Exploratory data analysis (EDA) refers to the exploration of data characteristics towards unveiling patterns and suggestive relationships, that would eventually inform improved modelling and updated expectations. Exploratory Data Analysis (EDA) provides the foundations for Visual Data Analytics (VDA).
The US National Institute of Standards and Technology defines EDA as:
“An approach/philosophy for data analysis that employs a variety of techniques (mostly graphical) to maximize insight into a data set, uncover underlying structure, extract important variables, detect outliers and anomalies, test underlying assumptions, develop parsimonious models and determine optimal factor settings.” This is an accurate description of EDA in its purest form
The EDA philosophy
The father of EDA is John Tukey who officially coined the term in his 1977 masterpiece. Lyle Jones, the editor of the multi-volume “The collected works of John W. Tukey: Philosophy and principles of data analysis” describes EDA as “an attitude towards flexibility that is absent of prejudice”.
The key frame of mind when engaging with EDA and thus VDA is to approach the dataset with little to no expectation, and not be influenced by rigid parametarisations. EDA commands to let the data speak for itself. To use the words of Tukey (1977, preface):
“It is important to understand what you CAN DO before you learn to measure how WELL you seem to have DONE it… Exploratory data analysis can never be the whole story, but nothing else can serve as the foundation stone –as the first step.”
The importance of John Tukey’s contribution of the development of EDA is aptly captured in Howard Wainer’s (1977) book review: “Trying to review Tukey’s Exploratory Data Analysis is very much like reviewing Gutenberg’s Bible.Everyone knows what’s in it and that it is very important, but the crucial aspect to report is that it has been printed… EDA is where the action is. This Tukey feels is detective work, finding clues here and there, trying to pick one’s path carefully amid the false trails and spoors which can lead us astray” (p.635)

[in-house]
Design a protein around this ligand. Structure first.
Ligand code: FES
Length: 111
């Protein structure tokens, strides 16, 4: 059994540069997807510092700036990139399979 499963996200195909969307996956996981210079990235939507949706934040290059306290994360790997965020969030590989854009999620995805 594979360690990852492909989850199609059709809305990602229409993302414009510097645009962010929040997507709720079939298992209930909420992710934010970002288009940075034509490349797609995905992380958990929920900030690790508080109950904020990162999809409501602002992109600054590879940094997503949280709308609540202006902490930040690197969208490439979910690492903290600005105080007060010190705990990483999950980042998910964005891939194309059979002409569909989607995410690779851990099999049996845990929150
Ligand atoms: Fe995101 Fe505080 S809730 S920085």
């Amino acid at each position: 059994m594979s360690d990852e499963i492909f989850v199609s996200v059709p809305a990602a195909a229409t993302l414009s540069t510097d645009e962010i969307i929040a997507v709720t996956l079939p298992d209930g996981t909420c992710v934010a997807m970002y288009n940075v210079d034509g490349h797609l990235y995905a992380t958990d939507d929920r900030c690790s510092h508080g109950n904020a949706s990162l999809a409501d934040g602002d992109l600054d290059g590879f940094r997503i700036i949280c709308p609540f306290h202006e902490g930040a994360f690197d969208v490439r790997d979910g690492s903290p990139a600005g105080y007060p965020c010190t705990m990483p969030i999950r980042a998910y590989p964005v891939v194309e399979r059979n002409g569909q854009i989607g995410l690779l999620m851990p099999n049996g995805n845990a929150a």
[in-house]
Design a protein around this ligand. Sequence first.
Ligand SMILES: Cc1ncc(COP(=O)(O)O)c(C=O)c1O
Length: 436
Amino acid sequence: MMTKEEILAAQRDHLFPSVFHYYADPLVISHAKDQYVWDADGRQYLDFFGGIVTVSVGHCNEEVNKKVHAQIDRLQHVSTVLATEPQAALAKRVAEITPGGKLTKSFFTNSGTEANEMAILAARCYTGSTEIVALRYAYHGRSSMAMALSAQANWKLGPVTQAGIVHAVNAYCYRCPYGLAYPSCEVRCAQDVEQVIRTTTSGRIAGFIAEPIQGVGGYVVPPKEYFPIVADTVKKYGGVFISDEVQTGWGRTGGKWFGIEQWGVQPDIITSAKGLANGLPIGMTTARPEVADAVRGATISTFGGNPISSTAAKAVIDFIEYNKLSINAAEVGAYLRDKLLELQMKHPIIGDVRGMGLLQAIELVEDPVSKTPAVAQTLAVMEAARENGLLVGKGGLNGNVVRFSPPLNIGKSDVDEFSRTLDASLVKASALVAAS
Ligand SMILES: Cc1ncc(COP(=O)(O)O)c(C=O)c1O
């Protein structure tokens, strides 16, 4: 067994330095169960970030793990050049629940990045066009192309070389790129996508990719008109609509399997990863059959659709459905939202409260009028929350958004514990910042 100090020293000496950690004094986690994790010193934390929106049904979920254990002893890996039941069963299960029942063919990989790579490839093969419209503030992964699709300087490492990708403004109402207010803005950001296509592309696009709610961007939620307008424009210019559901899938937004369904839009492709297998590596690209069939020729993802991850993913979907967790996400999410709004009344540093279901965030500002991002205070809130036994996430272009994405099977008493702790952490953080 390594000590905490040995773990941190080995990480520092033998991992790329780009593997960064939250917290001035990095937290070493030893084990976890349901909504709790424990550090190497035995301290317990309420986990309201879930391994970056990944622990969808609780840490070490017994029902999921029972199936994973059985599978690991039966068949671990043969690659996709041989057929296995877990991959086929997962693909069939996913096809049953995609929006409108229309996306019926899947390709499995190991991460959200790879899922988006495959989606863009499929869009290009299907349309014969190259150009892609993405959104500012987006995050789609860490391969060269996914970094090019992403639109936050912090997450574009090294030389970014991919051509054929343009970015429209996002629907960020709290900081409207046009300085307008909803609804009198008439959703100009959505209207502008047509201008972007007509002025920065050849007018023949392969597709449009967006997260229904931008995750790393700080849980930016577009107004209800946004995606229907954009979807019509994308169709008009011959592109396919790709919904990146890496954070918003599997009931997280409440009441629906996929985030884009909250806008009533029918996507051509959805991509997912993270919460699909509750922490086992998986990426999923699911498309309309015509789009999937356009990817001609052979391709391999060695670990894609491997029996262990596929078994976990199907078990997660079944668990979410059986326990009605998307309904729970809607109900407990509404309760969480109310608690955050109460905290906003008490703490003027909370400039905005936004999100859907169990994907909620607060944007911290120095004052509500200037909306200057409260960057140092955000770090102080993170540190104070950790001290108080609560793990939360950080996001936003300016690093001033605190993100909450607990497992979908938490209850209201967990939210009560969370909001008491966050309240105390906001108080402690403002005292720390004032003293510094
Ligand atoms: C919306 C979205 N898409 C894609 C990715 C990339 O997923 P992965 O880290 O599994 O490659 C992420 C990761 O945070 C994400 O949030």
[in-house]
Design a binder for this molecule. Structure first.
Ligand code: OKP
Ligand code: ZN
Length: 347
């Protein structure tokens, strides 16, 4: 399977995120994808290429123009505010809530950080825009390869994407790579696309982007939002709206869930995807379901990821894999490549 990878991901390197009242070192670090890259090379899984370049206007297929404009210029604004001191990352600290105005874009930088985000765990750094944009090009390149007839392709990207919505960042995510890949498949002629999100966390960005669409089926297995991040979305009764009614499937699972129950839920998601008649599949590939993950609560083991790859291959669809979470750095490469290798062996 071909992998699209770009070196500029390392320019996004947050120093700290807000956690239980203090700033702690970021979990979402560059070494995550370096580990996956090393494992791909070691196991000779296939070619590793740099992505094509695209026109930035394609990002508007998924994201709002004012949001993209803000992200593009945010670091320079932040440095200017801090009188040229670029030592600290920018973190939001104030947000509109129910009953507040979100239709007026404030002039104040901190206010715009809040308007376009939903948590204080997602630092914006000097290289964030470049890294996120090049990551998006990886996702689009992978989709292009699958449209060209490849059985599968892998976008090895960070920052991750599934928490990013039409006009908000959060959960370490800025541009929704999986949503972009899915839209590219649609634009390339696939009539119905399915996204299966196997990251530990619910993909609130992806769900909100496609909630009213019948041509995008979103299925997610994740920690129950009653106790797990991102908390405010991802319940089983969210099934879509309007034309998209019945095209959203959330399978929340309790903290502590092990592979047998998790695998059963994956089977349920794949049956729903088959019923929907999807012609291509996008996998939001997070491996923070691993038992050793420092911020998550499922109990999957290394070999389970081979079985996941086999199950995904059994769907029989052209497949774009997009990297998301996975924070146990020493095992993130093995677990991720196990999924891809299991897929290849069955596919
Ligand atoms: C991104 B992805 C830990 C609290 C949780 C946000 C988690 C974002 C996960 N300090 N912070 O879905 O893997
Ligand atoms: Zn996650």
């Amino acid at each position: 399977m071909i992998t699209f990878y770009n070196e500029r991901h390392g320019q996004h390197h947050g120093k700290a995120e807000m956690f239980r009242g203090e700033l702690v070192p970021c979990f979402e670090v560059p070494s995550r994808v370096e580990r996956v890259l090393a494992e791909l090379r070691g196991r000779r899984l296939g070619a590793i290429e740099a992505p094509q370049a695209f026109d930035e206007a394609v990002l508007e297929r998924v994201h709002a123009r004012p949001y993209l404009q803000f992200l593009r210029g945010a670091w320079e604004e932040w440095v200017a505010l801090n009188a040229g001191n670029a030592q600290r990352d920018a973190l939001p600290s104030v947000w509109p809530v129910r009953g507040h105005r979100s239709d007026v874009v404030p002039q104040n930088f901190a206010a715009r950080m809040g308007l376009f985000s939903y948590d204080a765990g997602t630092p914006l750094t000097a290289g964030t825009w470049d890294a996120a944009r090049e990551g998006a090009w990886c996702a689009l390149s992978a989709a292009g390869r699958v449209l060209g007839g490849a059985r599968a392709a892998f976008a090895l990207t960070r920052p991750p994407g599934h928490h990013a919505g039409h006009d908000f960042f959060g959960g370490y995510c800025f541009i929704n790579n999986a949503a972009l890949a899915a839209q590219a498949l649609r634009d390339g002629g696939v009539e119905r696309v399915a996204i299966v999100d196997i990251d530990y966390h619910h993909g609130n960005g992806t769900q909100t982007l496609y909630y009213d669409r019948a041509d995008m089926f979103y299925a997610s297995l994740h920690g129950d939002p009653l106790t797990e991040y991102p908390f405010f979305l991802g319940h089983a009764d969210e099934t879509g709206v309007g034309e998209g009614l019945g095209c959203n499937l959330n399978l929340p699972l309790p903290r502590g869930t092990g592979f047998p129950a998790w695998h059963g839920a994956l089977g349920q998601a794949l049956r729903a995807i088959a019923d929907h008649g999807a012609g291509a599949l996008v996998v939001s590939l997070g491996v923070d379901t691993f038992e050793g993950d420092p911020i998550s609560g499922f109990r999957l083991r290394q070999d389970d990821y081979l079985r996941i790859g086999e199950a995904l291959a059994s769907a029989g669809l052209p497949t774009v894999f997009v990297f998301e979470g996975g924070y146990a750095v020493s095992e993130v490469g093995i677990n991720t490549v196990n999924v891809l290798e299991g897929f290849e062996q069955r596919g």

Since the inception of EDA as unifying class of methods, it has influenced the development of several other major statistical developments including in non-parametric statistics, robust analysis, data mining, and visual data analytics. These classes of methods are motivated by the need to stop relying on rigid assumption-driven mathematical formulations that often fail to be confirmed by observables. Instead, EDA let’s the data suggest the appropriate specification.
The caveat to EDA
The antipode to EDA is to ignore data altogether in the foundation of a normative model. If the model fails to be statistically confirmed then it may be because one has observed the wrong data or did not observe enough data.
This is also EDA’s caveat, in that it entirely relies on data to discover the truth. If one does not have good knowledge of the the data generating process or has failed to perform data validation, then EDA is doomed to fail. The very step to EDA is therefore learning about the data itself, starting from the very step of the Graph Workflow, the data management step.
The EDA edifice
EDA begins by understanding the distribution of a variable and how it could be transformed in order to describe a more meaningful source variation. Transformations lie at the heart of EDA.
If the aim is to analyse a single variable, then a transformation could be useful in enhancing inference by reducing skewness and containing variation. If the aim is to analyse a relation, then transformations can help in expressing the relation in additive terms and enabling more straightforward linear inferences. The ultimate prize is to transform a variable into sufficient normality.
EDA comprises of a class of methods for exploring data and extracting signals from the data. Follow the links in the order they are provided in order to learn more about some of the key methods:
- Judging distributional form
- Assessing normality
- Transformations for [0,+∞) variables
- Linearising relations for [0,+∞) variables
- Transformations for (–∞,+∞) variables
- Transformations for [0,1] variables
- Visual mining
- Robust analysis
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